Sierra Leone holds a prestigious place in the educational history of Sub-Saharan Africa. The first secondary school for boys and the same for girls in the region was founded in Sierra Leone. Fourah Bay College, Sierra Leone’s university was the first in Sub-Saharan Africa.
Being the country with the only institution of higher learning in West Africa from 1827 to 1948, Sierra Leone was known as “the Athens of West Africa.” It played a pivotal role in training the first corps of doctors, administrators, and teachers in Anglophone West Africa.
Today, Sierra Leone’s educational system faces many challenges. Poor children, especially girls are not always enrolled in school or cannot attend school due to a number of reasons. Many parents do not have the money to pay the transportation fare of their children to and from school or the informal fees charged in the schools. They cannot afford to purchase uniforms and books. The quality of education is also a serious problem; 40% of the teaching force is untrained and unqualified.
Education is central to economic and human development. Its benefits for society include lower child mortality, and better nutrition. UNICEF Executive Director Anthony Lake is convinced that “ending the cycle of poverty for children, their families and communities starts with education.”
Strides are being made in the rebuilding the education system, as the nation moves up on the Human Development Index. In the Agenda for Prosperity (2013-2018), the National Poverty Reduction Strategy Paper III, the Government of Sierra Leone has clearly spelt out the importance of education and has expressed its will to continue to invest in and reform, the educational system.
UNICEF’s Education Programme contributes to the achievement of Millennium Development Goals 2 (Universal Education) and 3 (Gender Equality) in Sierra Leone and supports the Government to ensure that both boys and girls have access to quality education.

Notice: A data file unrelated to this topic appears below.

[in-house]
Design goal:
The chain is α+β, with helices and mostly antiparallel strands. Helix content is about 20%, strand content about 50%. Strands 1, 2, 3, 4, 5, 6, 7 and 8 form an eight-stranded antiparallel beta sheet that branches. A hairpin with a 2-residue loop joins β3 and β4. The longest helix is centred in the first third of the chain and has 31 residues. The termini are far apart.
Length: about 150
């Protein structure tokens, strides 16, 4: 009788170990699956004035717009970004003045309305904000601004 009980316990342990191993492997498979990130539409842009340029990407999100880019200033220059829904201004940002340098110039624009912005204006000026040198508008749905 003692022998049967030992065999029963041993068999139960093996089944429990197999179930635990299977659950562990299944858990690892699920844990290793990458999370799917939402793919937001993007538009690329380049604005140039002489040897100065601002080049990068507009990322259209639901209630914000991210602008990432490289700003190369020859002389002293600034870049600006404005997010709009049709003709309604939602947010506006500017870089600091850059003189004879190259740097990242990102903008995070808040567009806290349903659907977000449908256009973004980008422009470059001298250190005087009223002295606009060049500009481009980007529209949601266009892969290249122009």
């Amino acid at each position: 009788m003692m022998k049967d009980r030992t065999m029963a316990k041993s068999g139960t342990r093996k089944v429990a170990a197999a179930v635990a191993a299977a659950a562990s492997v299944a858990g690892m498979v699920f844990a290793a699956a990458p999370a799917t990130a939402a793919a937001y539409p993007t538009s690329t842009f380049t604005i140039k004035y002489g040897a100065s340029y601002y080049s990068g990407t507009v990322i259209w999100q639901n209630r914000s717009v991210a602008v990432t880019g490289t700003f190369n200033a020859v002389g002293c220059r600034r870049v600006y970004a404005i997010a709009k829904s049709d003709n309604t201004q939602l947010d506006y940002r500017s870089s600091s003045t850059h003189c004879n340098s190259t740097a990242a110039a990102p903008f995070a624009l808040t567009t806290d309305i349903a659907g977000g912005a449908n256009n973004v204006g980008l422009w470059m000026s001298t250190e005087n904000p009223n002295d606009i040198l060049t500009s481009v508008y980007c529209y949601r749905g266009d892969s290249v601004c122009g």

The new Education Sector Plan (2014-2018) addresses the existing challenges and describes how the Ministry of Education will advance progress in the areas of access, equity, completion, quality and system strengthening. This is to achieve its desired goals for the sector over a period of five years. The Education Sector Plan is aligned with the Agenda for Prosperity.
In this vein, UNICEF addresses barriers to children’s education with the focus on the most vulnerable, through schools. Together with partners like the IKEA Foundation, the Dutch National Committee for UNICEF, and DFID, UNICEF Sierra Leone assists the Government in teacher training, curriculum development and child-centered teaching methodologies.
In January this year, IKEA Foundation visited Northern Sierra Leone to see the impact of their support to UNICEF’s Education programme. In Port Loko district, they saw firsthand how children who live in disadvantaged rural communities benefit from quality education. They witnessed new teaching methodologies that put the child at the center of learning. These included children’s active participation in class through creative thinking, without the use of the cane (corporal punishment).
After spending a few days with schools in Port Loko, the IKEA team proceeded to the more agrarian and mountainous communities in Koinadugu District, in the extreme north. Here they saw collective groups of women actively promoting their children’s education and discouraging child marriage through mothers’ clubs.
Mothers’ clubs are a UNICEF initiative that started in 2010 in over 2,000 communities across the country. In these clubs, mothers engage in income-generating activities, such as farming and soap making. The small profits help keep their communities’ children in school, refurbish schools, and serve as stipends to teachers who are not yet on the government’s payroll.
In addition, UNICEF also works with schools to promote better knowledge and behaviours regarding hygiene (WASH in schools).
Education has without any doubt a positive impact on the lives of children and women in Sierra Leone – with the promise for a better future.
*** by Rosmarie E. K. Jah, Reports Officer, UNICEF Sierra Leone ***
UNICEF Sierra Leone Newsletter January-March 2014 here: